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Gear Review: Integral Designs SilTunnel Tent

A floorless tunnel tent that's ultralight for it's four-person capacity.
FGG 2010 Integral Designs SilTunnel 445x260Integral Designs SilTunnel (Courtesy Photo)

[ultralight 4-person]
Consider this the family-size version of the Altai (below left), only lighter. It’s a floorless tunnel that serves as mess tent, minimalist winter shelter, or both. “It sleeps up to four and seats eight comfortably for a poker game,” says one tester who used it on James Peak, in Colorado. “But it’s so light, it’s also packable for a twosome that wants beaucoup space.” The easy-to-pitch, three-pole design has a 46-square-foot floor and eight-square-foot vestibules at each end.

Zippered vents on the vestibules allow plenty of airflow (condensation was never a problem), and long, vertical door zippers make entry and exit easy, even for tall guys. “We guyed it out like mad with 14 anchors, then built an 18-inch snow wall around it,” says our tester. “That thing was not going anywhere.” It served as his cooking, dining, and socializing tent (dig down to create benches along the edges) in 20-mph winds. “Our group loved piling in here at night. The floorless design meant nobody had to take off boots or worry about spilling food.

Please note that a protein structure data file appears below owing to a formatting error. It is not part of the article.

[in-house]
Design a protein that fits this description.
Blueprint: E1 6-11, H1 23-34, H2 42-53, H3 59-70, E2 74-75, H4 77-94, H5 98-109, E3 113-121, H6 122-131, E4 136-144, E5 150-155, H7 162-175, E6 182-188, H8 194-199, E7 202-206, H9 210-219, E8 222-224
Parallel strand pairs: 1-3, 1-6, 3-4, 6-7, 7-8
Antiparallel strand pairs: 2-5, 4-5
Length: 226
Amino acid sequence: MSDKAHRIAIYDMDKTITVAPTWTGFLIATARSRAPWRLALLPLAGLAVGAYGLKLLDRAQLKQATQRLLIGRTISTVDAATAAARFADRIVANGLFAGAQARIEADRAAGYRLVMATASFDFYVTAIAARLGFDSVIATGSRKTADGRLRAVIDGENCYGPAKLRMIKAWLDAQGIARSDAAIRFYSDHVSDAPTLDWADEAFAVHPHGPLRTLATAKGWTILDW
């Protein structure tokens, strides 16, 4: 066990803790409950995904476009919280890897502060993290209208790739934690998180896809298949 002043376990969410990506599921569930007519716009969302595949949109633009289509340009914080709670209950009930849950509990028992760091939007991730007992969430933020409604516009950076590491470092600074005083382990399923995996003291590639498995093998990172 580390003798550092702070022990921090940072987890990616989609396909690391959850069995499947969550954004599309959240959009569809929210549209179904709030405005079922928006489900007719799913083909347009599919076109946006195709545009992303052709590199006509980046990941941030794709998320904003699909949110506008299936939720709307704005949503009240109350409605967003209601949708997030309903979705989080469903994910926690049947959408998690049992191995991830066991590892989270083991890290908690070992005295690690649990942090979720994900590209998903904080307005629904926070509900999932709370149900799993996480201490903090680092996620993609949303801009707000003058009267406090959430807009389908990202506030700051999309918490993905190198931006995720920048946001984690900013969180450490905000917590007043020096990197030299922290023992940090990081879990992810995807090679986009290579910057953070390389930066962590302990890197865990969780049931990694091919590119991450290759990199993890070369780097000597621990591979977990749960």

And at bedtime, I rolled out a tarp below my pad and stayed warm because I had buried the bottom six inches of the sidewalls to keep out drafts and spindrift. “But don’t venture into serious exposure,” he says, “or the broad sides will catch the wind, and the poles will get stressed.” The siliconized nylon showed no signs of wear, but needs to be seam-sealed. $500; 4 lbs.; integraldesigns.com

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